That’s not to say that the jury are not aware of these issue. EscXtra’s Luke Fisher served on the Jury during the Austrian National Final this year, and Fisher felt that he had a duty to balance out the expected views of the public. “Whilst ORF did not give us any guidance on how to vote, merely ‘to rank them in order of preference, I did feel a responsibility to balance out my votes with how I expected the public to vote,” Fisher told me. “I felt that I should ‘vote up’ a song that I thought wouldn’t appeal to a televoter but deserved to do well”.
There may be a list of areas to focus on, but without guidance from the organisers, jurors are left to decide their own criteria for voting, to add in their own personal thoughts on what areas should be compensated for, and if they should take a personal view of each song from their own viewpoint, or how the song fits into the wider musical industry.
The impact of how jurors judge can be minimised with clear and defined instructions from the EBU. This is a process that other competitively judged contest already employ. One clear example is in the Word Figure Skating Championships.
Looking at the protocols of between 1994 and 2000, the selection and training process is clear. Nine judges are selected at random from an international pool of judges (with the caveat that each judge of the nine must come from a different country). All of the judges in the pool “receive extensive training to achieve high-inter-rater reliabilty, had years of world-level jury experience, and were continuously checked for nationalistic bias.” (Weekley, J. A., & Gier, J. A.,Ceilings in the reliability and validity of performance ratings: The case of expert raters (Academy of Management Journal 1989, 32, 213–222).)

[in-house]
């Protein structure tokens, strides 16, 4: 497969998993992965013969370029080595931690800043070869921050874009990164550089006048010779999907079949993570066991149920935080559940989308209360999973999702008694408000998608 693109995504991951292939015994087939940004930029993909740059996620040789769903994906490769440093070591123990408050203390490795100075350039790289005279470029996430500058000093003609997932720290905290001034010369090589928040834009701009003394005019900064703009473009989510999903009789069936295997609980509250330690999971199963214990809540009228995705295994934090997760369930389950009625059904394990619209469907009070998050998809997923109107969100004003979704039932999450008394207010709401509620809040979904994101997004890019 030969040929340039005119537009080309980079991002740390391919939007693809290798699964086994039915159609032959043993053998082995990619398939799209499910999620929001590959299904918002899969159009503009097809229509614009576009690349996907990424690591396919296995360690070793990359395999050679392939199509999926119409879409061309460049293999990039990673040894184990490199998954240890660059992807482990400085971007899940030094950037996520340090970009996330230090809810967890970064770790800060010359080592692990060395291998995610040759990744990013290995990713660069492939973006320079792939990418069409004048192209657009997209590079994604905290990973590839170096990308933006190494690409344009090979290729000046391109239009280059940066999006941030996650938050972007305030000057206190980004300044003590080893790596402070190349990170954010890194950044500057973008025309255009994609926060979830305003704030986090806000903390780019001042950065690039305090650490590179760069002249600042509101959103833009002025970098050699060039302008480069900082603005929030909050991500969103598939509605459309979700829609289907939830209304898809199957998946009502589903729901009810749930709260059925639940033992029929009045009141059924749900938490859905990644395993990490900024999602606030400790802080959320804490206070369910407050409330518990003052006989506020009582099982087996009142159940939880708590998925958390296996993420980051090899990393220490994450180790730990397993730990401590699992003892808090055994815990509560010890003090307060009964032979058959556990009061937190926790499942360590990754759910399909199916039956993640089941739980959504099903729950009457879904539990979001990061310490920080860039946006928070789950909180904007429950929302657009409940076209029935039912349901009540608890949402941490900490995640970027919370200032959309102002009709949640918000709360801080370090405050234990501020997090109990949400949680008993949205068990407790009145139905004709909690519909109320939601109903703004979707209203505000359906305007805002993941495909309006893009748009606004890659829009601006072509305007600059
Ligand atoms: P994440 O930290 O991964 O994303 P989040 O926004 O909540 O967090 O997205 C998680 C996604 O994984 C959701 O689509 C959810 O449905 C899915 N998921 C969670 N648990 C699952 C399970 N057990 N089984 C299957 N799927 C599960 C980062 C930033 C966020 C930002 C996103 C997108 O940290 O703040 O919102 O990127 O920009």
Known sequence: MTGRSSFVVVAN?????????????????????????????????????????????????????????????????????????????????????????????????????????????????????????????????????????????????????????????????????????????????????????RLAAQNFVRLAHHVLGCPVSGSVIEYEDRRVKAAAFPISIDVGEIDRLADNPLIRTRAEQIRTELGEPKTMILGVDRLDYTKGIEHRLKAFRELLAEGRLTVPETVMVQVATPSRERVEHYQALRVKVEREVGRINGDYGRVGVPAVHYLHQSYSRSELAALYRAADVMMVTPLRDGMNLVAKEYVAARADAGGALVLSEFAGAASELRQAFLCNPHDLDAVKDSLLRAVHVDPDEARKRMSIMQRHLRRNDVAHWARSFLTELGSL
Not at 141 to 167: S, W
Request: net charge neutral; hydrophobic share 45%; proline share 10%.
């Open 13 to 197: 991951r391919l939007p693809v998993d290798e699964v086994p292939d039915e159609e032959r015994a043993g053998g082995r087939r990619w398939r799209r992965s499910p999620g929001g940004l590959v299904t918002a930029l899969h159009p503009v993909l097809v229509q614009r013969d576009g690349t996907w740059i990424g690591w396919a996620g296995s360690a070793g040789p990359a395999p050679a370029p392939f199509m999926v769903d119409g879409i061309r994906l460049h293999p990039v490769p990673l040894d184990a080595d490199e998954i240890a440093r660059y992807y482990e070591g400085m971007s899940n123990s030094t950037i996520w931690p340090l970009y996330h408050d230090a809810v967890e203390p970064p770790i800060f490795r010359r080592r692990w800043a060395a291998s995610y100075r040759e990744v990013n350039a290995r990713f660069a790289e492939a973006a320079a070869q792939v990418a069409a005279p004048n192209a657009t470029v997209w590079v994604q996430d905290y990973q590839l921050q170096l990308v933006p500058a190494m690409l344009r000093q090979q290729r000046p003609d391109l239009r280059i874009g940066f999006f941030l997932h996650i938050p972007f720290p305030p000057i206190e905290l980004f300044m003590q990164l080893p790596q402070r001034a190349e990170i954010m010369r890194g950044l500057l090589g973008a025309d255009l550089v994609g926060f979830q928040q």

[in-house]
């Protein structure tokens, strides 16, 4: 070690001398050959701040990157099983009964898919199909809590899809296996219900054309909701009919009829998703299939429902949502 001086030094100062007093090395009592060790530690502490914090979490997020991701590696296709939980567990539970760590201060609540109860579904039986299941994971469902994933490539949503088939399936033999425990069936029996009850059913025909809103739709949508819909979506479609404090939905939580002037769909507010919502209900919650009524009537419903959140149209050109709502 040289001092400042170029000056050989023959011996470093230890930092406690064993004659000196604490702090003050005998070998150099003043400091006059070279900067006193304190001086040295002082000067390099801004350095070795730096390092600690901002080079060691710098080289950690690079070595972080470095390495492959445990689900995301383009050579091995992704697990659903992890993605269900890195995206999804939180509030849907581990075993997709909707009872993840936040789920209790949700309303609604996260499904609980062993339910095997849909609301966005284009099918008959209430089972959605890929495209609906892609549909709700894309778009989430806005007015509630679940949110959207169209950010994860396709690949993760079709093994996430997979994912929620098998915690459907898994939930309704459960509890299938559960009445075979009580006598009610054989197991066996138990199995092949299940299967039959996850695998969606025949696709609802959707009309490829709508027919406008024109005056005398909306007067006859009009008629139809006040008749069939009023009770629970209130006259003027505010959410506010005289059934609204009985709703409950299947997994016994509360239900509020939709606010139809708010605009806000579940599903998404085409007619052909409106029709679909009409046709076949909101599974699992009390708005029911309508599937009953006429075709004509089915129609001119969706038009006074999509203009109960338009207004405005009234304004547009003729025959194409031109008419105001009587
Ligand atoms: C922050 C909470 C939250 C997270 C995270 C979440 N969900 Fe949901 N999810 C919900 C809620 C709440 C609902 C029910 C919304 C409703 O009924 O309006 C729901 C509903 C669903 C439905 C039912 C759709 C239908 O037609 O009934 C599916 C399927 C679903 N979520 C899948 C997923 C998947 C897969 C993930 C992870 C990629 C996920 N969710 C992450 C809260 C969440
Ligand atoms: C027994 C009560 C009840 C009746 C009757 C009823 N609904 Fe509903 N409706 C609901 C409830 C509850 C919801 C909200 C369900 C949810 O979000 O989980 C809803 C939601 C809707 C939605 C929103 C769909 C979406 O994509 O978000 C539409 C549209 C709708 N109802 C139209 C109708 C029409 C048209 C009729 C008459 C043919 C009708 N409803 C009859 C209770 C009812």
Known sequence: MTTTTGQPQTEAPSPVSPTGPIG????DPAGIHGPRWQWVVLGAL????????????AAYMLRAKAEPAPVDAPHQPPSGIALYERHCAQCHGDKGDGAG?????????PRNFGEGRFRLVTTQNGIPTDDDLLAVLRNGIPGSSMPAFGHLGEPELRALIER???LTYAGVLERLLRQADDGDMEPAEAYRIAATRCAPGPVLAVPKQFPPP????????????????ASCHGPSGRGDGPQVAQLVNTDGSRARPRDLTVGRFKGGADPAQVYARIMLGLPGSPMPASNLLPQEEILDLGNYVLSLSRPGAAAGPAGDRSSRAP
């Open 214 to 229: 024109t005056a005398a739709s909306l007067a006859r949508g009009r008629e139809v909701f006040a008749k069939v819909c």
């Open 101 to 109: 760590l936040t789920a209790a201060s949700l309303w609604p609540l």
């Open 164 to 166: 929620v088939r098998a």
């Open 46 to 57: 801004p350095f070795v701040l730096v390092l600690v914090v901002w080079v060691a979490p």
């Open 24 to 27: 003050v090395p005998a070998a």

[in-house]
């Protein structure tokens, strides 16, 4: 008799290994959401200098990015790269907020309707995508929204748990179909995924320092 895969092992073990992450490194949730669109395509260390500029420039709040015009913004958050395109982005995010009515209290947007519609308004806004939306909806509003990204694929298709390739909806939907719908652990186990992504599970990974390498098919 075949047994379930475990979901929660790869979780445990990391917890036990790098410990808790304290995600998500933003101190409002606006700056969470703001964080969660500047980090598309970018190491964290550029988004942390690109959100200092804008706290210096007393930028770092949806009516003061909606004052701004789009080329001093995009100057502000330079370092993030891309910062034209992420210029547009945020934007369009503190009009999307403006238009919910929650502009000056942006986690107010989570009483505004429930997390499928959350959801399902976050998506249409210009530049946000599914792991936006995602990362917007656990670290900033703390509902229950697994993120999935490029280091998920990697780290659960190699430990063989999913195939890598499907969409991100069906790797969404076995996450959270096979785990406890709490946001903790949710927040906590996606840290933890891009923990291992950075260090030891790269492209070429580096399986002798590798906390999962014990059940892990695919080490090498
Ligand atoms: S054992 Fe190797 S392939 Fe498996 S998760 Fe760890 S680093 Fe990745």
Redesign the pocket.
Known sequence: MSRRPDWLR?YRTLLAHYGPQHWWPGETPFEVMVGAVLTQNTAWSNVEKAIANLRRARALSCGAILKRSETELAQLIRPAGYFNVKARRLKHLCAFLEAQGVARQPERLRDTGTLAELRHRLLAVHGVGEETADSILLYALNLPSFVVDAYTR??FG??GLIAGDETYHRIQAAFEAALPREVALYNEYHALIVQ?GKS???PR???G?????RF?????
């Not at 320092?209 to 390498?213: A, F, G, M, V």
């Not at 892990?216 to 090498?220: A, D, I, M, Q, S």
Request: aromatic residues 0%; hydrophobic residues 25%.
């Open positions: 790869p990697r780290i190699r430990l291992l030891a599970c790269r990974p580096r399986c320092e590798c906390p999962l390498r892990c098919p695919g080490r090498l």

Further studies by W. Bruine de Bruin (Save the last dance for me: unwanted serial position effects in jury evaluations. Acta Psychologica 2005, 245-260) show up a few more points that I feel are relevant to the Eurovision Song Contest.
The first is that through the training and input from the International Skating Union (the ISU), neither the final scores or the individual juror scores exhibited national bias (de Bruin p256). But this training did not eliminate any bias because of the running order and the serial nature of judging.
Figure Skating relies on ‘step-by-step’ voting, with each contestant receiving their score directly after competing. Other judged sports and contests rely on end-of-sequence procedures, where the scores are allocated after all the competitors have performed. Both methods show a similar linear order effect giving competitors at the end of the contest higher scores.
In other words the running order still impacts on the results from a professional jury, even with training and strict criteria.